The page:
Perhaps in First Nation culture more than most, historical influences in modern design are about identity, preservation and celebration.

Ancaster-based fashion designer Angela DeMontigny ( works with traditional motifs and traditional materials such as suede, beads and leather hides, all of which pay homage to her Chippewa-Cree-Métis background and serve as a reminder to the world that the First Nations is more than old westerns. “It’s a living, breathing culture,” she says.

Signature DeMontigny pieces include fitted leather blazers, tiered goat-suede skirts and now handbags. Distributed in boutiques and galleries throughout North America and Europe, her work has received attention from media such as Flare, Chatelaine, Women’s Wear Daily and CTV.

Celebrities such as singer/songwriter Susan Aglukark, actor Adam Beach and actor/singer Tamara Podemski have worn DeMontigny’s garments for events including the National Aboriginal Achievement Awards.

Manitobah Mukluks ( is a Winnipeg-based company that produces high-end beaded and fur-trimmed leather and suede footwear. These are inspired by the mukluks and moccasins Métis owner Sean McCormick and his family wore when he was a child. “They’re as close to being authentic as possible without being handmade,” he says.

Rubber soled for urban life, Manitobah Mukluks pieces are available at select North American boutiques (including New York City’s Intermix) and in Europe. The line is also hitting the celebrity sidewalks on feet belonging to Beyoncé, Marisa Tomei, Kate Moss and Kate Hudson, and has appeared in magazines such as Vogue, InStyle and Elle.

Manitobah’s biggest sellers are classic mukluks ($279 - $299). Designed to shape themselves around each foot (there is no left or right, as per tradition) they also leave a distinct footprint: the Vibram rubber sole features an intricate landscape design by Winnipeg aboriginal artist Heather Steppler.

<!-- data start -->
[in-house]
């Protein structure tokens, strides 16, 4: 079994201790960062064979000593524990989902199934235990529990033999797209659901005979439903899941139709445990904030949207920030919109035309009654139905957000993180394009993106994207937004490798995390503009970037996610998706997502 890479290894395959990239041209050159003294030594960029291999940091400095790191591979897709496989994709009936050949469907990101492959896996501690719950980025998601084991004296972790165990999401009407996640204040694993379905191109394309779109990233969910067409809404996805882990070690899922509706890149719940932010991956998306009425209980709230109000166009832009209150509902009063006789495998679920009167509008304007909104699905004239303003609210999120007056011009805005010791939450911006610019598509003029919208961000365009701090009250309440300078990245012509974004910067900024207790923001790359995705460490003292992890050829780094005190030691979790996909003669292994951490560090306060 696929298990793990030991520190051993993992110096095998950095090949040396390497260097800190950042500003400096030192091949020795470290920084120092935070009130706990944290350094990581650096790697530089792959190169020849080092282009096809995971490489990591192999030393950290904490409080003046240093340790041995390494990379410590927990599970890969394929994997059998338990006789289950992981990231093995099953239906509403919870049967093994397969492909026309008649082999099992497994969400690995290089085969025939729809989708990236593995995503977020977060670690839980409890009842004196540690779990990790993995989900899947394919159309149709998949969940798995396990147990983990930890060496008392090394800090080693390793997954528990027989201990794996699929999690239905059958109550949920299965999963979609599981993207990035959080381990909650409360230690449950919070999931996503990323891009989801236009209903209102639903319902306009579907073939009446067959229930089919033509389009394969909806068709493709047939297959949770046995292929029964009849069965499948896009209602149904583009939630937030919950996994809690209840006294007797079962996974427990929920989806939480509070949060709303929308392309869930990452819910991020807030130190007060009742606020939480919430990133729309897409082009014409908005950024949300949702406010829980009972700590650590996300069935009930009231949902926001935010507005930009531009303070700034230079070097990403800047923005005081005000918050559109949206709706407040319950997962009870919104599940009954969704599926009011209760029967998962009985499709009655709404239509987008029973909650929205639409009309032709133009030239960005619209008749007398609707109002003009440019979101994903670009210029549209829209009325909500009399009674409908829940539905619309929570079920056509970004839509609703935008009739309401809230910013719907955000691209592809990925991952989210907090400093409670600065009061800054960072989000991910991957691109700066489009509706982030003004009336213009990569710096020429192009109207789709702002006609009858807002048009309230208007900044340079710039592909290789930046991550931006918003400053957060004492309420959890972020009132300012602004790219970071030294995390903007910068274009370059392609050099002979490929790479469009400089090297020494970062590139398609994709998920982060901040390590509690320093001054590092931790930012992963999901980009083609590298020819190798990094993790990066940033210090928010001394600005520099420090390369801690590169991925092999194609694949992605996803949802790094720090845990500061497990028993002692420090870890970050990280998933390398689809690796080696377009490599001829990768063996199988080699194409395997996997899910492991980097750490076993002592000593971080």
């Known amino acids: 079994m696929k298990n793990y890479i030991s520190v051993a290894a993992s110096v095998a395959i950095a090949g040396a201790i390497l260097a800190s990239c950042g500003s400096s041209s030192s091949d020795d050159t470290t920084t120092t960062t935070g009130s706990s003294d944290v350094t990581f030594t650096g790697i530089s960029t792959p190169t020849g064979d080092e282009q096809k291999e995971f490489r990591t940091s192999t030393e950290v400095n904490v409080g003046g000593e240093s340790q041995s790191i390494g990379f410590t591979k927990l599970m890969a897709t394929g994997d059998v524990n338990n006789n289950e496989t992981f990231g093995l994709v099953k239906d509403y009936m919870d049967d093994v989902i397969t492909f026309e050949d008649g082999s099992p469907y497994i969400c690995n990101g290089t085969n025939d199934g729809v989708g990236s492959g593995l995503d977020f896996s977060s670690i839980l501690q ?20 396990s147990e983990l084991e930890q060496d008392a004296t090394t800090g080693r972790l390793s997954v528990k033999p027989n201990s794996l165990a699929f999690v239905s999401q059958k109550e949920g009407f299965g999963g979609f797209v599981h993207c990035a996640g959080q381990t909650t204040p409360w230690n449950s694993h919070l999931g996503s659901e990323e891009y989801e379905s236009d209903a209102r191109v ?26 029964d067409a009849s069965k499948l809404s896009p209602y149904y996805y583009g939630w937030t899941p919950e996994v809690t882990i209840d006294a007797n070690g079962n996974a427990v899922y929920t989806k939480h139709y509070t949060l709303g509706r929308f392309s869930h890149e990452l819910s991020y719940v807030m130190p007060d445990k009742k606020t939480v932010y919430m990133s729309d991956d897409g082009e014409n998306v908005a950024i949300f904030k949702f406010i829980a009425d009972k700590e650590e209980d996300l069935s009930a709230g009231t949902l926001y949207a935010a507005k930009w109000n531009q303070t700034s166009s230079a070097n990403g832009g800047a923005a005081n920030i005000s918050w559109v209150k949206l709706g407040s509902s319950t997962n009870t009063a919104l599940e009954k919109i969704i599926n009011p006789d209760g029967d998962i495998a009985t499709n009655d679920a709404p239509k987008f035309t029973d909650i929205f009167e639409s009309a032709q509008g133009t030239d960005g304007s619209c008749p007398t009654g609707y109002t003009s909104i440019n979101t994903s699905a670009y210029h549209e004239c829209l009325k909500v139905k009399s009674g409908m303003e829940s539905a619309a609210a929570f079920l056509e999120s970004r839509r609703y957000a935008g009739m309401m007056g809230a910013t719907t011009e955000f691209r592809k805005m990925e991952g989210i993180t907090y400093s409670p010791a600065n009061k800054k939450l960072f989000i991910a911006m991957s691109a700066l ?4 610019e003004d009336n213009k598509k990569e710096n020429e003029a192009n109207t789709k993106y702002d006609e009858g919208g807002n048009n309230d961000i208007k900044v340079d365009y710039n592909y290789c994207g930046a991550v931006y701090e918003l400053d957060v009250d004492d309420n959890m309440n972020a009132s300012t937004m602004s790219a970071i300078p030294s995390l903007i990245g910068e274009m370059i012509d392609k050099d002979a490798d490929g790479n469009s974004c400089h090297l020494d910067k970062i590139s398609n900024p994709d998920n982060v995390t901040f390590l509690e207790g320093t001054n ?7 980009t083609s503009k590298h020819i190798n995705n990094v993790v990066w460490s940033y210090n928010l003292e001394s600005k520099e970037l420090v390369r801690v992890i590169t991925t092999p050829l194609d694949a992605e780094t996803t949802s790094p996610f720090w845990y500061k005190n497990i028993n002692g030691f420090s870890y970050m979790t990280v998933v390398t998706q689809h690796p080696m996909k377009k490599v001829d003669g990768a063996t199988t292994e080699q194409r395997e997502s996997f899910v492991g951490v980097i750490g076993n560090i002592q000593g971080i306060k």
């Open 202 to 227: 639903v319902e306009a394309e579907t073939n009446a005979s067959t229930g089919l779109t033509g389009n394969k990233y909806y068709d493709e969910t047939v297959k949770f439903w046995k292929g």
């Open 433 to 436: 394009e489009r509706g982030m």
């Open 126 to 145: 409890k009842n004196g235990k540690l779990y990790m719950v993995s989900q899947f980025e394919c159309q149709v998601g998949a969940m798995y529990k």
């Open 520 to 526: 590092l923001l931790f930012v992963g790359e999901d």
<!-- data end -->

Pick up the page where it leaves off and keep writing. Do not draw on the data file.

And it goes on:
First Nation art has also found its way to eyewear launching this summer. Reading glasses and sunglasses ($35 - $60) from AYA Accessories’ Pacific Northwest Collection feature contemporary and playful designs by Corrine Hunt, a BC-based artist with a Kwakiutl and Tlingit heritage. Motifs include the Sun, which represents nourishment, truth and clarity; the Hummingbird, spirit bearer of good news; and the Wolf, the family protector.

“My appreciation for First Nations and indigenous art comes from growing up in Australia and Vancouver,” says the collection’s creator, Carla D’Angelo Taylor, who spotted Hunt’s work at a gift show five years ago.

She and Hunt, who is primarily a jewelry and custom-furnishings designer, are delighted by early reactions to AYA’s traditional-contemporary fashion fusion. “First Nations response has been amazing,” says Hunt, adding that the idea was also to get the attention of people who wouldn’t ordinarily seek out at First Nations art. An added charity component directs $2 from each sale to ONEXONE, which supports local initiatives including the First Nations Breakfast Program.

Vans with an Aboriginal twist

Newest to the First Nation fashion scene is Seattle-based Canadian expat Louie Gong (

Better known as a racial-identity activist, Gong, who is Nooksack, Chinese, French and Scottish, stumbled onto a budding career as an artist when he bought his first pair of Vans. “They were things other people had when I was growing up,” he said.

An impulsive decision to personalize a plain grey pair with a Sharpie led to more orders for his on-shoe designs than he can handle, as well as favourable attention from Steve Van Doren, son of Vans founder Paul Van Doren, and Sam McCracken, Nike’s Native American business manager. (A larger market than Gong’s growing fan-base hasn’t yet been identified, so there aren’t any plans for mass production so far.)

“Merging traditional [Aboriginal] artwork with the pop-culture of Vans has really connected with a broad range of people,” says Gong, who quickly switched from markers to more durable fabric dye and charges $200 per pair, including the shoe cost and shipping. “More than something aesthetically pleasing, they’re an exploration of identity relevant for young people’s lives.”